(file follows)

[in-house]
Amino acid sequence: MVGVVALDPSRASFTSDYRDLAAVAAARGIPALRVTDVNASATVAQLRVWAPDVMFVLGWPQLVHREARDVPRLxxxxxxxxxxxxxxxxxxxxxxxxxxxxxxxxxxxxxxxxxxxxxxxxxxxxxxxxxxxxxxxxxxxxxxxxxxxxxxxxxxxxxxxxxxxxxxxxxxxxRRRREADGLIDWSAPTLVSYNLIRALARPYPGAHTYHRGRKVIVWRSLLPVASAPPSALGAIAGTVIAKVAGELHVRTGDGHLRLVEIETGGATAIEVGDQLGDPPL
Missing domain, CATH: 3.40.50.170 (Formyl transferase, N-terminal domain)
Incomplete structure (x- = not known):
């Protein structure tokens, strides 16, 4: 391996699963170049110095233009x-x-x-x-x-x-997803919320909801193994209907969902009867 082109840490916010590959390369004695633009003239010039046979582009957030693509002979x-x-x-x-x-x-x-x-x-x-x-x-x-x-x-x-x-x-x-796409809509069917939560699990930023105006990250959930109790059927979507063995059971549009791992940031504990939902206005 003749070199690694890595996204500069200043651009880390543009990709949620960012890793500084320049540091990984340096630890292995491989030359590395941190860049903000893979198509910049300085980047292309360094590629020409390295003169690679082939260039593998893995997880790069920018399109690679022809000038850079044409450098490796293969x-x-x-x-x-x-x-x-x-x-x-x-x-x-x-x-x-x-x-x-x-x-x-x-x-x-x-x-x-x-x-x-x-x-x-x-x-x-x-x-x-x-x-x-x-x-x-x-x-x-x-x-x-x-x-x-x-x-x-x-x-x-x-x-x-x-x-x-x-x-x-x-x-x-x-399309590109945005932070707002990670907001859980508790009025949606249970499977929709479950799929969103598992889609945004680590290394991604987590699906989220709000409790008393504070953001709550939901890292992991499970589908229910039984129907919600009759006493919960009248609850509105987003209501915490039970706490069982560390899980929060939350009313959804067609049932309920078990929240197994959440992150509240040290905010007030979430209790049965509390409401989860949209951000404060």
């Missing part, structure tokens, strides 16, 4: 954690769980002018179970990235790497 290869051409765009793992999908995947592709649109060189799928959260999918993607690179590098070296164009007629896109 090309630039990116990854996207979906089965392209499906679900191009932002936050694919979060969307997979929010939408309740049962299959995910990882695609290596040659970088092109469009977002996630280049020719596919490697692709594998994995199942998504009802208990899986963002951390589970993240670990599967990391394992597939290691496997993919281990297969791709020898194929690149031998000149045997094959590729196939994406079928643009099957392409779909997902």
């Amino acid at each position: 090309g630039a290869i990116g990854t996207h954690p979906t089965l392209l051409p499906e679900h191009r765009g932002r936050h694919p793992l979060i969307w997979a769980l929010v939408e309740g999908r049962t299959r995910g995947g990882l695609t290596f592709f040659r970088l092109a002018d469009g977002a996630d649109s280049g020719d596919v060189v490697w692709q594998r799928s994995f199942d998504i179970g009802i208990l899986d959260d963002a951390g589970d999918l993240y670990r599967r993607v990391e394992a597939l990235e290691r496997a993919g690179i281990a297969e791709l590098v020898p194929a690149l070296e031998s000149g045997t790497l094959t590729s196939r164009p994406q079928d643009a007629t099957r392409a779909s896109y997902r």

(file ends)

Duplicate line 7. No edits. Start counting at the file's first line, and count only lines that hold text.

């Amino acid at each position: 090309g630039a290869i990116g990854t996207h954690p979906t089965l392209l051409p499906e679900h191009r765009g932002r936050h694919p793992l979060i969307w997979a769980l929010v939408e309740g999908r049962t299959r995910g995947g990882l695609t290596f592709f040659r970088l092109a002018d469009g977002a996630d649109s280049g020719d596919v060189v490697w692709q594998r799928s994995f199942d998504i179970g009802i208990l899986d959260d963002a951390g589970d999918l993240y670990r599967r993607v990391e394992a597939l990235e290691r496997a993919g690179i281990a297969e791709l590098v020898p194929a690149l070296e031998s000149g045997t790497l094959t590729s196939r164009p994406q079928d643009a007629t099957r392409a779909s896109y997902r």